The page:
We’ve all heard the phrase, “Babies don’t keep.” The sentiment is to enjoy every moment with your babies because you blink, and they’ll be all grown up. Housework and other stuff can wait. It’s a reminder for us as parents, especially moms, to slow down when we can and just soak up the moments with our children.
Yes, they grow up quickly. Yes, slowing down is important. Spending quality time with our most precious little ones, even when they’re not so little anymore, is not something any parent would disregard as anything other than that—very important.
But it’s also important to find a balance. It’s also perfectly fine if you spent a day or two of your week cleaning your home or catching up on the never-ending laundry pile.
It’s okay if you had to work late today. It is okay if you are simply touched out, too tired to find any energy to dedicate yourself to quality time with your children.
They will be fine. You will be fine.
Of course, we need to be cautious and alert that these days of overwhelm, drained energy, and never-ending tasks of the household don’t overshadow our children, and therefore phrases such as “dust if you must” and “babies don’t keep” are lovely reminders of the important things in life—our families.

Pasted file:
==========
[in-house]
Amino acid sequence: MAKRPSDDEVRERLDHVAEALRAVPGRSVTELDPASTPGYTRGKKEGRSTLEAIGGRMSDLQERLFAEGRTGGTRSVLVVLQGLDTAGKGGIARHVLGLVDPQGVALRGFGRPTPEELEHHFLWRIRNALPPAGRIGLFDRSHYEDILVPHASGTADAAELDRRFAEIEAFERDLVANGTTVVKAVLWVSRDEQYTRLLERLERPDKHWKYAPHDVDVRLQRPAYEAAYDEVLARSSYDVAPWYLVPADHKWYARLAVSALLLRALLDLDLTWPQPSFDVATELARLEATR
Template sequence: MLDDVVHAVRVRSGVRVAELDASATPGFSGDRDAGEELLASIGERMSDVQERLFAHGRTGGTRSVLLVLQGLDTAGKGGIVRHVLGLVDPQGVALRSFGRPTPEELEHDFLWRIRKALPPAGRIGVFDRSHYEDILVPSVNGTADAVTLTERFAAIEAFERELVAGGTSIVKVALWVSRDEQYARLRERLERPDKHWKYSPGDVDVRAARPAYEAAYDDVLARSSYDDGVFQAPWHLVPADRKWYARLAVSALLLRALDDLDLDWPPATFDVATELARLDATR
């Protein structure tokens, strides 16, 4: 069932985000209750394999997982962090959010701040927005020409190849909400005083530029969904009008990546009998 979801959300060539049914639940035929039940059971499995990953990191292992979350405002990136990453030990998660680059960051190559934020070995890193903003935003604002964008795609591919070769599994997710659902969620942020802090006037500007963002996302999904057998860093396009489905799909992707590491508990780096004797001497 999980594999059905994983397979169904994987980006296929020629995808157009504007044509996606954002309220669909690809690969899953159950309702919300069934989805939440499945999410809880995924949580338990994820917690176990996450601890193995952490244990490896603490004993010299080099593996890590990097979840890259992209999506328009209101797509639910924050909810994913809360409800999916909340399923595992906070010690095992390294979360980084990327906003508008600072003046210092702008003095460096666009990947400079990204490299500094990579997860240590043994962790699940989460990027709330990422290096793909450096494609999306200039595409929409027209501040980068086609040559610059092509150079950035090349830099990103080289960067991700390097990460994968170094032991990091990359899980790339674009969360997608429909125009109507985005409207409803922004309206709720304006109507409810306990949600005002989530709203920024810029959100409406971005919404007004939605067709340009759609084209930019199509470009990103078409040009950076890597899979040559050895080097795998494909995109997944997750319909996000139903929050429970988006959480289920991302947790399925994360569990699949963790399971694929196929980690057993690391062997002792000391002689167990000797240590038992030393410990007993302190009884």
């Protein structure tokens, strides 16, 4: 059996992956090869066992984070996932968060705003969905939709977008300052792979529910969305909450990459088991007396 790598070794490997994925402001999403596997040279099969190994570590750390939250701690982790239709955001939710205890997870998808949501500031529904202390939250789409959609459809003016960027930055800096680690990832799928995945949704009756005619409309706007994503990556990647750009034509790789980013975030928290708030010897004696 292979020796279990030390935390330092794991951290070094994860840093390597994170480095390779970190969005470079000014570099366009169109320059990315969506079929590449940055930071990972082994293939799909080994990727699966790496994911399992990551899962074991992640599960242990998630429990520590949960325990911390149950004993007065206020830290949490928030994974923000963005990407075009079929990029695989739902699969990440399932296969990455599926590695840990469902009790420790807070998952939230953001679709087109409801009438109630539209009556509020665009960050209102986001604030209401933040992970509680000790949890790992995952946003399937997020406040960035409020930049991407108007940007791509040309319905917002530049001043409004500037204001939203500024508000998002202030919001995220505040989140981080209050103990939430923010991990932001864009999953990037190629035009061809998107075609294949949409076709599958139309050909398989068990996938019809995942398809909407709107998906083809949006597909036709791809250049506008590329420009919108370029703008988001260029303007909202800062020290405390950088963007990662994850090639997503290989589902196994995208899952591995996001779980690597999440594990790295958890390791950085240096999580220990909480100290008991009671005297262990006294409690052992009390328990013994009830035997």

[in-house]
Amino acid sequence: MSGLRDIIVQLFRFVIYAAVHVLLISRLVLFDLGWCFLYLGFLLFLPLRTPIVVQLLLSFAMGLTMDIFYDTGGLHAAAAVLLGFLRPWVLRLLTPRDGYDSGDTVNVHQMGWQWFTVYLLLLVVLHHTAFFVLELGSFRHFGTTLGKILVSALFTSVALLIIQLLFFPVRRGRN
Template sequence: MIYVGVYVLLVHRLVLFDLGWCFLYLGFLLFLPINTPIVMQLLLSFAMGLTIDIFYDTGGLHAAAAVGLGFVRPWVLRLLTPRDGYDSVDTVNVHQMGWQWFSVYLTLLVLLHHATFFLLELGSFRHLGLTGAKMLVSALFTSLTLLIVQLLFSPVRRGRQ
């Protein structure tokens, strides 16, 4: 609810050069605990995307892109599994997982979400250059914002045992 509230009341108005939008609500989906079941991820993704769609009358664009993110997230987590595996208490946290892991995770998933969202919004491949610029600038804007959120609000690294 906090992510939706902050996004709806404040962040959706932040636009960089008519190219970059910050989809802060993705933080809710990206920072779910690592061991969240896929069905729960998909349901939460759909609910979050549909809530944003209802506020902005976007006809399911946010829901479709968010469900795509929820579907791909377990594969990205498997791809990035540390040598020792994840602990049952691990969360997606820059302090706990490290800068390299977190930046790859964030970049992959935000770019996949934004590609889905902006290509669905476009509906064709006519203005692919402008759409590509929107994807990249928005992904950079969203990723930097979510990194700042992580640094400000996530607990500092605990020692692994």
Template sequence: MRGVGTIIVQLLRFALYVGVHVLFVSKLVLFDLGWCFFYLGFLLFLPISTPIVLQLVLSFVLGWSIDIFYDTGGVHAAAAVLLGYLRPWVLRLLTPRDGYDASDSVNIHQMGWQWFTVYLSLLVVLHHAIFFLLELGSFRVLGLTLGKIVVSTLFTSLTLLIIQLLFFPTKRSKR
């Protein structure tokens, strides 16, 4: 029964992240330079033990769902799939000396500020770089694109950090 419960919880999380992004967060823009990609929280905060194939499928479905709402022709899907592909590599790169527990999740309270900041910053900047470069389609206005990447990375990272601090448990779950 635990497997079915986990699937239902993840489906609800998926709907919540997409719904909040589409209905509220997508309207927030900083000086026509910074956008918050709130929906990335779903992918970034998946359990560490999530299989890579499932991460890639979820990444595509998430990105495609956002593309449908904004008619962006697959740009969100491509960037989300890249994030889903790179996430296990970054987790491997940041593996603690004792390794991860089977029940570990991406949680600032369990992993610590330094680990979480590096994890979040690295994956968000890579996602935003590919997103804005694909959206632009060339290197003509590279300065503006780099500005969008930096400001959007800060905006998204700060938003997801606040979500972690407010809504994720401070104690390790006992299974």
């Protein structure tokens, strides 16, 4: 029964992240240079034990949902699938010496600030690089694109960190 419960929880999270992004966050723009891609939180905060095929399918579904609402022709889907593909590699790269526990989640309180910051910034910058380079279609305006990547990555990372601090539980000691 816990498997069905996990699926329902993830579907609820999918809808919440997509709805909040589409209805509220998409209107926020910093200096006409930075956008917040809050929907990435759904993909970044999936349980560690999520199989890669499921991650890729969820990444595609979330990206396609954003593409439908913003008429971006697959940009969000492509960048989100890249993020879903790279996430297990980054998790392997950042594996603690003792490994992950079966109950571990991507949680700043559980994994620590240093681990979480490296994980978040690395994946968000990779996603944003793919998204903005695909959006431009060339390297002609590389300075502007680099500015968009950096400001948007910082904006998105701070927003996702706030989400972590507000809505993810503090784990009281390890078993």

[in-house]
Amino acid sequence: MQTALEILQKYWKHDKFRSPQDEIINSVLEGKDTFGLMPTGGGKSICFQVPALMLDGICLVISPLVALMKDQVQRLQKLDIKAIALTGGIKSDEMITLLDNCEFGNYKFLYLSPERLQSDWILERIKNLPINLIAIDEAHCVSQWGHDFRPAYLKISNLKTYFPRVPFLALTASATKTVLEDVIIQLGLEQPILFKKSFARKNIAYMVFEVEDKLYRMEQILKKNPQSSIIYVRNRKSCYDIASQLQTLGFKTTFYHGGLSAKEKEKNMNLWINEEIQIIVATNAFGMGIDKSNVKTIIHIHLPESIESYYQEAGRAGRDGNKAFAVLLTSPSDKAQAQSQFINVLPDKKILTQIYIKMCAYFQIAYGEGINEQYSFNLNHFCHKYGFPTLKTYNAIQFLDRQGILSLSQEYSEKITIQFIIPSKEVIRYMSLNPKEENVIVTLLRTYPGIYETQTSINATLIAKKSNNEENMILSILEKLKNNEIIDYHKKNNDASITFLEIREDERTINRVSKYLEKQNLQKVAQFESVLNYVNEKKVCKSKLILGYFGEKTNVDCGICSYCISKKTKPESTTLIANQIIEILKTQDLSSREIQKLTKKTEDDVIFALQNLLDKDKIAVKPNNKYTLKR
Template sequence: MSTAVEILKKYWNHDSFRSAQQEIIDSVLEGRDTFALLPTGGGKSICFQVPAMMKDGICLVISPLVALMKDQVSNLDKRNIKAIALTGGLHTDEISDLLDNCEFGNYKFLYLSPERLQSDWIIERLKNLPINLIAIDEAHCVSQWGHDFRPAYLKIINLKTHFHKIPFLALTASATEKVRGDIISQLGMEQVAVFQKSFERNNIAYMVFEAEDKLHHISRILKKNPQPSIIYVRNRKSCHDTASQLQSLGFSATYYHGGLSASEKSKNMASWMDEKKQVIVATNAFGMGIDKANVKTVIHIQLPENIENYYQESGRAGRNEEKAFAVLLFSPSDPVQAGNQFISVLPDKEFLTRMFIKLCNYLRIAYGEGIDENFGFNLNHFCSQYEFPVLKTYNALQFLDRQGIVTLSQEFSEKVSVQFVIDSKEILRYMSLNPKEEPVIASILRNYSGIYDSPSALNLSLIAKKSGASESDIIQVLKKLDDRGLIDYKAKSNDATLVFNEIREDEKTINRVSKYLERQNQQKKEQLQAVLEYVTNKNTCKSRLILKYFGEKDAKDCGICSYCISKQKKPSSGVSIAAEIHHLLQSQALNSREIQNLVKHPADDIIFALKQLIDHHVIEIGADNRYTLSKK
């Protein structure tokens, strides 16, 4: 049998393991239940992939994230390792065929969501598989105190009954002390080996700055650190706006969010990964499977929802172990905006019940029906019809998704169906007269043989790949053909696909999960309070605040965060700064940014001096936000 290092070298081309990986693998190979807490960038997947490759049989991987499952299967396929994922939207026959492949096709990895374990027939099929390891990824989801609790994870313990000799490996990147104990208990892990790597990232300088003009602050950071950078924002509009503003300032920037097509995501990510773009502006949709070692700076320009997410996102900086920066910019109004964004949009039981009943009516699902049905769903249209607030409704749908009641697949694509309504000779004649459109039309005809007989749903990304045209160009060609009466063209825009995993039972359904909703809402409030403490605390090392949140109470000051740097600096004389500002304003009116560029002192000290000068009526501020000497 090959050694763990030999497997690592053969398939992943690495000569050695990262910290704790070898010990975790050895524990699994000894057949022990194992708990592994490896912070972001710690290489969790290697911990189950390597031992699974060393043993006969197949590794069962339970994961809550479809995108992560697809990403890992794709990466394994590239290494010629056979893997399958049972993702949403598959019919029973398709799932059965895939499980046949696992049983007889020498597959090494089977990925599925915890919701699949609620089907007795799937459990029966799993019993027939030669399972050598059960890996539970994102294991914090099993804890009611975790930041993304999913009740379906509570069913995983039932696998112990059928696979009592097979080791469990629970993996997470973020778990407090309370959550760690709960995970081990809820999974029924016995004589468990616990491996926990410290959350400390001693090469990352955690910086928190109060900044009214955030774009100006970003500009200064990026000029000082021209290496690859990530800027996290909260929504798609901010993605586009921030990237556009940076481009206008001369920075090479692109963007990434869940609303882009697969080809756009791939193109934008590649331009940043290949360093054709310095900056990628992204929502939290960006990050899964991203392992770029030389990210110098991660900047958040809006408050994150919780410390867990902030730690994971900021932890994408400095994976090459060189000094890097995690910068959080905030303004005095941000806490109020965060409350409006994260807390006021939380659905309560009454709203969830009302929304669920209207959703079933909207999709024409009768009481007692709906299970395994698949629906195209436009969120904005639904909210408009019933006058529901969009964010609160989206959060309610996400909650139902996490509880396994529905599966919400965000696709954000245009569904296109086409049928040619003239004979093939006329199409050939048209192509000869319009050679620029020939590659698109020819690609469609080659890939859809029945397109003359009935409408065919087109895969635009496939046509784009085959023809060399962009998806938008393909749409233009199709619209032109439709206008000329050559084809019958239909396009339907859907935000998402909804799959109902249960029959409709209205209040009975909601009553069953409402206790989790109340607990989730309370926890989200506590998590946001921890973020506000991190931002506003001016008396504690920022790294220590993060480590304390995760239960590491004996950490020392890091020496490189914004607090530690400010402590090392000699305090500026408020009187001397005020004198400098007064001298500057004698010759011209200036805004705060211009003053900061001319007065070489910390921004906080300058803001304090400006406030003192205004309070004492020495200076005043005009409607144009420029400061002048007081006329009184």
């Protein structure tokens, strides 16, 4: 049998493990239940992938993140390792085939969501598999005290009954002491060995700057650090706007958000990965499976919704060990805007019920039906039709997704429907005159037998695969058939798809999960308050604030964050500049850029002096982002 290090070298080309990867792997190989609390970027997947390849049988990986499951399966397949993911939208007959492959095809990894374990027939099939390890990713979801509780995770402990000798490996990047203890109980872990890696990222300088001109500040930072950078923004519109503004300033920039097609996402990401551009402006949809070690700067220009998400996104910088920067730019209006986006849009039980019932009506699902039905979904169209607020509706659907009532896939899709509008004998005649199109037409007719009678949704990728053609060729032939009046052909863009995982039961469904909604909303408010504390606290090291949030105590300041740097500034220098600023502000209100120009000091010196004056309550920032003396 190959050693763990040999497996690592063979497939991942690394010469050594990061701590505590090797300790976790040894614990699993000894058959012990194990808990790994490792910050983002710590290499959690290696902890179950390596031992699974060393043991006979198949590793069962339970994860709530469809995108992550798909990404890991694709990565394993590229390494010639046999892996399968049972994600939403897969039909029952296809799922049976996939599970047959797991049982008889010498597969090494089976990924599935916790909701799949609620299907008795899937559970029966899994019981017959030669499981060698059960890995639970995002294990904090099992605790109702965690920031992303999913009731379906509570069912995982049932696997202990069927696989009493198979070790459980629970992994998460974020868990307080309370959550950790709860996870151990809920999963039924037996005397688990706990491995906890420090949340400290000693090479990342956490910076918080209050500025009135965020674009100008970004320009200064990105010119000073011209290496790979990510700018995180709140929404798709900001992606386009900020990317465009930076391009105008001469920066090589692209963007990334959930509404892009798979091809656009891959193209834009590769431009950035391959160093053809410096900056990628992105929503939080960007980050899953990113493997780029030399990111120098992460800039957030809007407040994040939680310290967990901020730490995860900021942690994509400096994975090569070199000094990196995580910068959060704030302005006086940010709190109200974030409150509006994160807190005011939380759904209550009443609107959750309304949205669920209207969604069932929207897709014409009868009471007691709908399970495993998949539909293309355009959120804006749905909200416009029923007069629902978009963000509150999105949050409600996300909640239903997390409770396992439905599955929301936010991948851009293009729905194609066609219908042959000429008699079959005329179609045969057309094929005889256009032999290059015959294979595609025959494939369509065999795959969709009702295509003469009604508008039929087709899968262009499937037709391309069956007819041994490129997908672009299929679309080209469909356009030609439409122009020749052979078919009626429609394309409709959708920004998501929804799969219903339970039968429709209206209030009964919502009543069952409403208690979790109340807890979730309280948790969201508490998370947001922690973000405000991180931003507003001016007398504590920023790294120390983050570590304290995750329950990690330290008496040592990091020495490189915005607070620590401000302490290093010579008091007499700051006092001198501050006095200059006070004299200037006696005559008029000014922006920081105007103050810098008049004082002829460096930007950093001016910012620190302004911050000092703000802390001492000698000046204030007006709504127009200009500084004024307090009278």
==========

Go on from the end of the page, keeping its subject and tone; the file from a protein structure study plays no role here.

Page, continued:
But let’s not shame ourselves when we have to devote our time elsewhere every once and a while. Motherhood is difficult. Keeping the home safe and clean is just as much an act of love toward our children as sitting with them and cuddling or playing together. Going to work outside the home is a sacrifice made in love. Time for self-care is time devoted to being a better parent.
Yes, babies grow up fast. Spending time with our family is important. But cleaning, working, and hobbies are also needed, and there’s no shame in spending some time on them as well. Even the Bible says that balance is key, “There’s a time for everything.”
So, dear mama reading this today, don’t feel guilty if you spent today cleaning instead of snuggling. Don’t feel like you’ve failed your child because you worked overtime today. There’s always tomorrow. Or next week!